Legionnaires' disease is a lung infection. It is a form of pneumonia . It got its name from an outbreak at the American Legionnaires Convention in 1976.
This disease is caused by specific bacteria. The bacteria are most often found in sources of standing water. It may be found in cooling towers, HVAC systems, and air conditioners.
Legionnaires' disease can be contracted by breathing water vapor from a standing water source that contains the bacteria.
|Copyright © Nucleus Medical Media, Inc.|
The infection does not move from one person to another.
Factors that may increase your chance of Legionnaires' disease include:
- Advanced age
- Chronic lung disease
- Weakened immune system
- Kidney failure
- Taking cortisone or other immunosuppressive drugs
- History of organ transplant
Symptoms may include:
- Fever (often high)
- Chills and muscle aches
Your doctor will ask about your symptoms and medical history. A physical exam will be done.
Your doctor may need pictures of your chest. This can be done with a chest x-ray .
Your doctor may need tests of your bodily fluids. This can be done with:
- Urine tests
- Sputum tests
- Blood tests
This disease is usually treated with antibiotics.
Proper design, maintenance, and cleaning of high-risk areas can reduce the risk of spreading the disease. This includes any area with standing water.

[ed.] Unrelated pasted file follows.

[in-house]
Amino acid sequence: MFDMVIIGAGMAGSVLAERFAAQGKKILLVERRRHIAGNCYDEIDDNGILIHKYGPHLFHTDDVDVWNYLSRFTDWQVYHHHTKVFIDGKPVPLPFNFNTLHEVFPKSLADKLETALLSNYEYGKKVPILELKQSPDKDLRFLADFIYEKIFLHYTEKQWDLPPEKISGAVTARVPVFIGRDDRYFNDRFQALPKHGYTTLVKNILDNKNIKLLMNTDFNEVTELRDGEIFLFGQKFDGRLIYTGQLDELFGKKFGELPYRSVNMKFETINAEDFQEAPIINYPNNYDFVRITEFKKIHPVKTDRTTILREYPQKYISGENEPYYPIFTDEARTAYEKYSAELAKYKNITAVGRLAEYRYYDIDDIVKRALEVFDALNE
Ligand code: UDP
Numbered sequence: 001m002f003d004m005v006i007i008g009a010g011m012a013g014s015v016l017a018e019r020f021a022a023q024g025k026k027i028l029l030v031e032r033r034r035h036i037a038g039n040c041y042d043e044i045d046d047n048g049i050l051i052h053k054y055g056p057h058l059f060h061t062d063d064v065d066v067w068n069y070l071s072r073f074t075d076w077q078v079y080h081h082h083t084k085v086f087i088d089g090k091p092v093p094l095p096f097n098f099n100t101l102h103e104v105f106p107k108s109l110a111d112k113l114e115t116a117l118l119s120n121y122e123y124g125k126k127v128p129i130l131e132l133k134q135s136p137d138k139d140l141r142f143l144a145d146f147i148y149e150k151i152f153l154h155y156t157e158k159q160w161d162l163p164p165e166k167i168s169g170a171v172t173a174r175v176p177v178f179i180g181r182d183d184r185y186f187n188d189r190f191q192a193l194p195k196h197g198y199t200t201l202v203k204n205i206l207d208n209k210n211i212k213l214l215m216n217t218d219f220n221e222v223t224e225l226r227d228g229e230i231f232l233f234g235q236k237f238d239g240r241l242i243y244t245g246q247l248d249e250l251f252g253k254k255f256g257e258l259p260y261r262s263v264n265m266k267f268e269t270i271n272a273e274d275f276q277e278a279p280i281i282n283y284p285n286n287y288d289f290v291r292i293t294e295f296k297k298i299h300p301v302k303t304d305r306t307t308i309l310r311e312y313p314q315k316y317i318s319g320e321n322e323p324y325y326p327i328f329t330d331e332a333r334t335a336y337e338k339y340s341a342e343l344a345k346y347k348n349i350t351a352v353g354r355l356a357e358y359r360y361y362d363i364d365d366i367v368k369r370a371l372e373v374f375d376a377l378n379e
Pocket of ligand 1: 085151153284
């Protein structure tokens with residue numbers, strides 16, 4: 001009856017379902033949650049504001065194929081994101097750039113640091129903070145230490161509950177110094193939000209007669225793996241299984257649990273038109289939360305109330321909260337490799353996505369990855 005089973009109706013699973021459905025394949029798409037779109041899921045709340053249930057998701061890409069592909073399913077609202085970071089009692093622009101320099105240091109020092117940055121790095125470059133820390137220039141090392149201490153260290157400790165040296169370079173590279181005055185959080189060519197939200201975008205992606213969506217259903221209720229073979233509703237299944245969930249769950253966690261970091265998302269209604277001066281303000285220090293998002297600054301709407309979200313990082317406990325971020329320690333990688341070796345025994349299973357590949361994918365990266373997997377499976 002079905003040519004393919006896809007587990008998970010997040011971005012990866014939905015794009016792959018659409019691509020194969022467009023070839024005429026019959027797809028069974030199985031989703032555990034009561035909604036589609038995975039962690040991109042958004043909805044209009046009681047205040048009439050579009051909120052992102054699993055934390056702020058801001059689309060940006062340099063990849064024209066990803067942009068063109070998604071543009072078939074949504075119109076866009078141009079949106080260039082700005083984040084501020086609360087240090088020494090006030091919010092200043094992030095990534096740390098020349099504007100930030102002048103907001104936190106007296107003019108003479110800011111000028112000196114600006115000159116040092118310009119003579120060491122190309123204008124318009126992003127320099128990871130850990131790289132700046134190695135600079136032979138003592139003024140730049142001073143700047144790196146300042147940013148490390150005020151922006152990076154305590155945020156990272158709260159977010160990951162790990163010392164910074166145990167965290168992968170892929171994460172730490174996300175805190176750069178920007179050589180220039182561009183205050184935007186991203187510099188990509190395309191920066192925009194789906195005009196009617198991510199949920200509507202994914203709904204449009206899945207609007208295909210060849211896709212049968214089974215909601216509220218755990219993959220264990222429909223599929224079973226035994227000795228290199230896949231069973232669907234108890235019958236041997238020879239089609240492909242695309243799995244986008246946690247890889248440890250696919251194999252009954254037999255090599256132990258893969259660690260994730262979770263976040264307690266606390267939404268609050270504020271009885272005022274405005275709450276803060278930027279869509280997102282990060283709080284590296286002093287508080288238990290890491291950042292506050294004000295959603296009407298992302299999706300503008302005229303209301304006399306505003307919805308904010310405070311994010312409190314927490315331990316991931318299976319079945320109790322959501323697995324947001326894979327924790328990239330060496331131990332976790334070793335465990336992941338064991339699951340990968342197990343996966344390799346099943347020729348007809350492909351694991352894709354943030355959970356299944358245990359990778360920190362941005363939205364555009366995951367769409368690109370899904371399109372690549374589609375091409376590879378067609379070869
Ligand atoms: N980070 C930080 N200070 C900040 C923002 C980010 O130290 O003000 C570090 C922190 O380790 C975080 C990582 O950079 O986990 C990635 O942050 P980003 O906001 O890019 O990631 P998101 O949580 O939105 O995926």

- David L. Horn, MD
- Reviewed: 02/2016
- Updated: 05/02/2014
Please note, not all procedures included in this resource library are available at Allegiance Health or performed by Allegiance Health physicians.
All EBSCO Publishing proprietary, consumer health and medical information found on this site is accredited by URAC. URAC's Health Web Site Accreditation Program requires compliance with 53 rigorous standards of quality and accountability, verified by independent audits. To send comments or feedback to our Editorial Team regarding the content please email us at HLEditorialTeam@ebscohost.com.
This content is reviewed regularly and is updated when new and relevant evidence is made available. This information is neither intended nor implied to be a substitute for professional medical advice. Always seek the advice of your physician or other qualified health provider prior to starting any new treatment or with questions regarding a medical condition.